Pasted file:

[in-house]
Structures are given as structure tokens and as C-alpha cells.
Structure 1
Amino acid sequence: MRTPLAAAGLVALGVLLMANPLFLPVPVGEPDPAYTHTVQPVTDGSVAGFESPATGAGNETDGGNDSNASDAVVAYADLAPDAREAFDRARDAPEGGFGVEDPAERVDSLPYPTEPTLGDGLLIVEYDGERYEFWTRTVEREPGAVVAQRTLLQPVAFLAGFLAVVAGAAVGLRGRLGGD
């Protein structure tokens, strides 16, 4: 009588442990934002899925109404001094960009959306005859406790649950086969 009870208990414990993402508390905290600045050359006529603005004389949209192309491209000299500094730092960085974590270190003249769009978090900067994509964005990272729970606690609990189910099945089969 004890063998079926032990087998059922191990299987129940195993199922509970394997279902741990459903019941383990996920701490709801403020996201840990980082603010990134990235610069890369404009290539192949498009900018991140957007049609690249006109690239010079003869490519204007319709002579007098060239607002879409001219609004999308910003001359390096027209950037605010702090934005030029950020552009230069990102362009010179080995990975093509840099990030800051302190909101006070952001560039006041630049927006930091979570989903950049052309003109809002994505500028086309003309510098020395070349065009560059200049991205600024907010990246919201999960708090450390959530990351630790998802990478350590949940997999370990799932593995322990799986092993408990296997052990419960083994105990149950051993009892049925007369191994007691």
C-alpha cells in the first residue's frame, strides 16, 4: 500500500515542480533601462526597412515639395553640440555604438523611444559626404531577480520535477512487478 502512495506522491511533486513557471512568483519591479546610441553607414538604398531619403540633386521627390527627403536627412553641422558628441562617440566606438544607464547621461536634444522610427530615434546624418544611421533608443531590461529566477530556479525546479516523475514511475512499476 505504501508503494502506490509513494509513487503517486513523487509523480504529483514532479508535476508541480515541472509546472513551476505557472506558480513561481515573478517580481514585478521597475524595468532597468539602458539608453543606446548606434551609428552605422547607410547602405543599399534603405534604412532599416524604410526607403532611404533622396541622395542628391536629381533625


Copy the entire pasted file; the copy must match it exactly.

[in-house]
Structures are given as structure tokens and as C-alpha cells.
Structure 1
Amino acid sequence: MRTPLAAAGLVALGVLLMANPLFLPVPVGEPDPAYTHTVQPVTDGSVAGFESPATGAGNETDGGNDSNASDAVVAYADLAPDAREAFDRARDAPEGGFGVEDPAERVDSLPYPTEPTLGDGLLIVEYDGERYEFWTRTVEREPGAVVAQRTLLQPVAFLAGFLAVVAGAAVGLRGRLGGD
């Protein structure tokens, strides 16, 4: 009588442990934002899925109404001094960009959306005859406790649950086969 009870208990414990993402508390905290600045050359006529603005004389949209192309491209000299500094730092960085974590270190003249769009978090900067994509964005990272729970606690609990189910099945089969 004890063998079926032990087998059922191990299987129940195993199922509970394997279902741990459903019941383990996920701490709801403020996201840990980082603010990134990235610069890369404009290539192949498009900018991140957007049609690249006109690239010079003869490519204007319709002579007098060239607002879409001219609004999308910003001359390096027209950037605010702090934005030029950020552009230069990102362009010179080995990975093509840099990030800051302190909101006070952001560039006041630049927006930091979570989903950049052309003109809002994505500028086309003309510098020395070349065009560059200049991205600024907010990246919201999960708090450390959530990351630790998802990478350590949940997999370990799932593995322990799986092993408990296997052990419960083994105990149950051993009892049925007369191994007691």
C-alpha cells in the first residue's frame, strides 16, 4: 500500500515542480533601462526597412515639395553640440555604438523611444559626404531577480520535477512487478 502512495506522491511533486513557471512568483519591479546610441553607414538604398531619403540633386521627390527627403536627412553641422558628441562617440566606438544607464547621461536634444522610427530615434546624418544611421533608443531590461529566477530556479525546479516523475514511475512499476 505504501508503494502506490509513494509513487503517486513523487509523480504529483514532479508535476508541480515541472509546472513551476505557472506558480513561481515573478517580481514585478521597475524595468532597468539602458539608453543606446548606434551609428552605422547607410547602405543599399534603405534604412532599416524604410526607403532611404533622396541622395542628391536629381533625